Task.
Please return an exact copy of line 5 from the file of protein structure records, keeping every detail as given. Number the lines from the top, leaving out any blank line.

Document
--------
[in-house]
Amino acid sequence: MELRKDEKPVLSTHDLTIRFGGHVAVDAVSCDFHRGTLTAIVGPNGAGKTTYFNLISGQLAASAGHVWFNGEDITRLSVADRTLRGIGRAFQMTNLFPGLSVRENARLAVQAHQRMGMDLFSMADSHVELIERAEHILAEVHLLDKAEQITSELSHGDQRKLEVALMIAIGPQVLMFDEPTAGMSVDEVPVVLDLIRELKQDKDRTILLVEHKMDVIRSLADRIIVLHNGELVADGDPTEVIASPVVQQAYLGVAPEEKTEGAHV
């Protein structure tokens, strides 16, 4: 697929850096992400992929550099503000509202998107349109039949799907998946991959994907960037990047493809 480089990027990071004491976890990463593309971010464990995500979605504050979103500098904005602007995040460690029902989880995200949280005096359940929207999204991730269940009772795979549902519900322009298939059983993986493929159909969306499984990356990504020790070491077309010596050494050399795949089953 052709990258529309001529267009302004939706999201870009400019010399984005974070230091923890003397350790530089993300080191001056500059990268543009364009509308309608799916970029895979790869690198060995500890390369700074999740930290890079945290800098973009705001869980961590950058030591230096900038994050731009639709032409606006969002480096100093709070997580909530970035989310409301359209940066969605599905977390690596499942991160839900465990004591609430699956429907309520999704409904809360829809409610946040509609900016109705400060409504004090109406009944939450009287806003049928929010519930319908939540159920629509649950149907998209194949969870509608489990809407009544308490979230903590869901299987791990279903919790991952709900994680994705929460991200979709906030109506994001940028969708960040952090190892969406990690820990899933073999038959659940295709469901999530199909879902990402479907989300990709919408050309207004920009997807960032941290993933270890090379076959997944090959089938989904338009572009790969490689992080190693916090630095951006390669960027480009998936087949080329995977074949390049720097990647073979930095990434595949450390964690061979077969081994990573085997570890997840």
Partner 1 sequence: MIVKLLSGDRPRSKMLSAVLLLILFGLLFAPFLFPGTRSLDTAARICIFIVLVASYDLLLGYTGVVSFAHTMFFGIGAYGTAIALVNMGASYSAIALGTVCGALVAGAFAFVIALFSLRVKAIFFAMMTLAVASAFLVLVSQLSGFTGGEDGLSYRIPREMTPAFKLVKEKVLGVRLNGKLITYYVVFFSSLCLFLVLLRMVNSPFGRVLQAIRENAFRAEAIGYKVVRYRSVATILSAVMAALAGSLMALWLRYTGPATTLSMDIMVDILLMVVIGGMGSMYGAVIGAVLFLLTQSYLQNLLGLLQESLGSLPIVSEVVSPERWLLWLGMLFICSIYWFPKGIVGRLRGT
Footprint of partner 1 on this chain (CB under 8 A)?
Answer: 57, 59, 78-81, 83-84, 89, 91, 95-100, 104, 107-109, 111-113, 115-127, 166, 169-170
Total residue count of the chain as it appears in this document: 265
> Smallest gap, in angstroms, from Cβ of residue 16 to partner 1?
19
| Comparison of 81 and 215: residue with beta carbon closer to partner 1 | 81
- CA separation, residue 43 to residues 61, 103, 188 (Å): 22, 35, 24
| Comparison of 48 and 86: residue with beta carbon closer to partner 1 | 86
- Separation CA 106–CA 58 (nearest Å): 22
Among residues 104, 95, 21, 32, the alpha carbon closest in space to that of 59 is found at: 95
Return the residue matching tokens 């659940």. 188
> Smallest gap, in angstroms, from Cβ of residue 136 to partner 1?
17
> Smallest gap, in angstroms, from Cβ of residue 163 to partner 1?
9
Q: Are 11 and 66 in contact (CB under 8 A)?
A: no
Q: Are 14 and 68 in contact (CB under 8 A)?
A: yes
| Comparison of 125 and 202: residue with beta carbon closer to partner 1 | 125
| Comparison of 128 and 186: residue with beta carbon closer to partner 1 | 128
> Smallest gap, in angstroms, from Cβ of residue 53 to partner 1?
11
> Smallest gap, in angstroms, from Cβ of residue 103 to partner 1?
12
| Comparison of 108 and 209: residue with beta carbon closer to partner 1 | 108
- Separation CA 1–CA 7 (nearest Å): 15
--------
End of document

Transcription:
Footprint of partner 1 on this chain (CB under 8 A)?